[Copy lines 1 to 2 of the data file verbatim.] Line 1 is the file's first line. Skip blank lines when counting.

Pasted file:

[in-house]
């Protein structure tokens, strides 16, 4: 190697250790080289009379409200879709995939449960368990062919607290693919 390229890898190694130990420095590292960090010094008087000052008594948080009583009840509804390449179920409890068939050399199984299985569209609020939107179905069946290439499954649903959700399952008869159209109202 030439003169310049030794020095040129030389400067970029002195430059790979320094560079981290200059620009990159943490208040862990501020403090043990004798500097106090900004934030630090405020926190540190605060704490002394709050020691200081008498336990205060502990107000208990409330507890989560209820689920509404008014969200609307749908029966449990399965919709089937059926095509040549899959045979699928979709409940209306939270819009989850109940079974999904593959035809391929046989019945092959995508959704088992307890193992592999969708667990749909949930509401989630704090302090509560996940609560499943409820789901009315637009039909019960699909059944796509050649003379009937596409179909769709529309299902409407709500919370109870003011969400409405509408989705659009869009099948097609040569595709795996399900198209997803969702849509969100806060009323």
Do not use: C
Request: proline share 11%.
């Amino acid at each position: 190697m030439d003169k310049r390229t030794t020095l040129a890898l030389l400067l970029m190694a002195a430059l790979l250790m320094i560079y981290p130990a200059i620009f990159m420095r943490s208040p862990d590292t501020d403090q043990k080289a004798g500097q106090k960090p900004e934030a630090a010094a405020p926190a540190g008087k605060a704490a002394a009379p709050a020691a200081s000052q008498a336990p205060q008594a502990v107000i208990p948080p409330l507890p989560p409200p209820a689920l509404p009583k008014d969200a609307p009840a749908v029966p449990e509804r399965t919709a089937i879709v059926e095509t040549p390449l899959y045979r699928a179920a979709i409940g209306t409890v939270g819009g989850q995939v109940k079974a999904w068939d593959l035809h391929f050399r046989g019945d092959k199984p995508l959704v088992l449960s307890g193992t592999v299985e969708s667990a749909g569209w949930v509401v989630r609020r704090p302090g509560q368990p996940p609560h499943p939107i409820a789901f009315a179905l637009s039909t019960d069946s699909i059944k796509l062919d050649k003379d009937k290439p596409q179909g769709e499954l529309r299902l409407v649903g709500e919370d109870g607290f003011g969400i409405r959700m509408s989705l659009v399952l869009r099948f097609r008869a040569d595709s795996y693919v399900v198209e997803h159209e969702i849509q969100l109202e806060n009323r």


[in-house]
């Protein structure tokens, strides 16, 4: 190697250790080289009379409200879709995939449960368990062919607290693919 390229890898190694130990420095590292960090010094008087000052008594948080009583009840509804390449179920409890068939050399199984299985569209609020939107179905069946290439499954649903959700399952008869159209109202 030439003169310049030794020095040129030389400067970029002195430059790979320094560079981290200059620009990159943490208040862990501020403090043990004798500097106090900004934030630090405020926190540190605060704490002394709050020691200081008498336990205060502990107000208990409330507890989560209820689920509404008014969200609307749908029966449990399965919709089937059926095509040549899959045979699928979709409940209306939270819009989850109940079974999904593959035809391929046989019945092959995508959704088992307890193992592999969708667990749909949930509401989630704090302090509560996940609560499943409820789901009315637009039909019960699909059944796509050649003379009937596409179909769709529309299902409407709500919370109870003011969400409405509408989705659009869009099948097609040569595709795996399900198209997803969702849509969100806060009323």